DR Congo’s health ministry said late Monday that it had recorded more than 2,000 cases of Ebola, two-thirds of which had been fatal, since the disease broke out in the country’s east 10 months ago.
“Since the start of the epidemic, the total number of cases stands at 2,008, of which 1,914 have been confirmed [by lab test] while 94 are probable,” it said in an update.
“In all, there have been 1,346 deaths (1,252 confirmed and 94 probable) and 539 people have recovered.”
The ministry said it was important to retain the overall perspective, despite the breaching of the symbolic threshold of 2,000 cases.
“In recent weeks, the trend has been positive, although vigilance is still necessary,” it said.
There have been fewer attacks on Ebola teams by armed groups, which means health workers have “recovered some of the lost time to contain the spread of the epidemic,” it said.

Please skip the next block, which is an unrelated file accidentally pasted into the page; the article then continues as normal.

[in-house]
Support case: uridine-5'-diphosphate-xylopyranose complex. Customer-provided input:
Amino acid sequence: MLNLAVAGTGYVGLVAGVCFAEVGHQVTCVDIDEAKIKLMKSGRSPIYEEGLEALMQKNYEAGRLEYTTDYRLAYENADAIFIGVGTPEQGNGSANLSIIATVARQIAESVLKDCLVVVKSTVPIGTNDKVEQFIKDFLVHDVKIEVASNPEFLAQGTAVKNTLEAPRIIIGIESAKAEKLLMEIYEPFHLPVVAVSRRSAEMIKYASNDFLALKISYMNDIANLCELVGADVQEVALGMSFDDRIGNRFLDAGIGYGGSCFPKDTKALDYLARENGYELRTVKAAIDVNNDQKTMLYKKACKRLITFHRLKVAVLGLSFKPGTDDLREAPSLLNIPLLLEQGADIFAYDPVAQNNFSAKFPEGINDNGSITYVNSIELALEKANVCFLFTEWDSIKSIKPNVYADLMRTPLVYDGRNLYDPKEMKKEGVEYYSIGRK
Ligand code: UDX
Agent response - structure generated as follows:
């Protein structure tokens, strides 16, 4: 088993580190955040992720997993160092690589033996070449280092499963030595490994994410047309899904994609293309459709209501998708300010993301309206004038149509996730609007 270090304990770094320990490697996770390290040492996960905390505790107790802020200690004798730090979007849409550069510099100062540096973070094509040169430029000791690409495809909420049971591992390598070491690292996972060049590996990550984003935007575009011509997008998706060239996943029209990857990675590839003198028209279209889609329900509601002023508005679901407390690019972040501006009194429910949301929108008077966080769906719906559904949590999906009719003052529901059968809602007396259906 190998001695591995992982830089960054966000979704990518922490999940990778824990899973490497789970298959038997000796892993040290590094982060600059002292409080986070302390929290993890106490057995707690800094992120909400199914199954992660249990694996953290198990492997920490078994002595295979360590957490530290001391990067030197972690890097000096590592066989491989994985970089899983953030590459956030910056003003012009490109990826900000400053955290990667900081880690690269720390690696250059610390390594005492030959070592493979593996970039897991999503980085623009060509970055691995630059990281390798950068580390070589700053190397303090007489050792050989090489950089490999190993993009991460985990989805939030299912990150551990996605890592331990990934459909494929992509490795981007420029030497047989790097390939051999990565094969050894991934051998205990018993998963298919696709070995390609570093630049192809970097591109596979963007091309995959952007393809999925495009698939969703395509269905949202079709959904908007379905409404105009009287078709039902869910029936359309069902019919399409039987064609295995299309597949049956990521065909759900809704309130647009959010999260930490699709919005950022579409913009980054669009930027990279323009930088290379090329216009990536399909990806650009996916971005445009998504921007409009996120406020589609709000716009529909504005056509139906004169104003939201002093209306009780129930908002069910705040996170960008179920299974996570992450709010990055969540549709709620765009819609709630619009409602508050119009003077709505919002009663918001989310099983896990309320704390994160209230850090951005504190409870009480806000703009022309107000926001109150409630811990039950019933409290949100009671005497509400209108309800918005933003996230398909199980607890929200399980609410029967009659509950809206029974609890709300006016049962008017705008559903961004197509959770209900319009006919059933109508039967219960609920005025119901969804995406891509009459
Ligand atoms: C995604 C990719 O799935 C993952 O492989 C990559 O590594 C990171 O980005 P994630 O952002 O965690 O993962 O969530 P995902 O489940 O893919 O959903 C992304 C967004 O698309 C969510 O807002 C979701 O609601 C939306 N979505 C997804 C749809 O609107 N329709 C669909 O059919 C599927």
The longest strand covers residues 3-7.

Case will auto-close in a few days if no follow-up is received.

The epidemic was first declared in North Kivu province on August 1 and then spread to neighbouring Ituri, although there have not been any cases in neighbouring countries.
Efforts to tackle the crisis have been hampered both by militia attacks on treatment centres, in which some staff have been killed, and by the hostility of some local people to the medical teams.
The outbreak is the 10th in the Democratic Republic of Congo since the disease was identified in 1976.
It is the worst on record after an epidemic that struck three African countries between 2014-2016, leaving more than 11,300 people dead.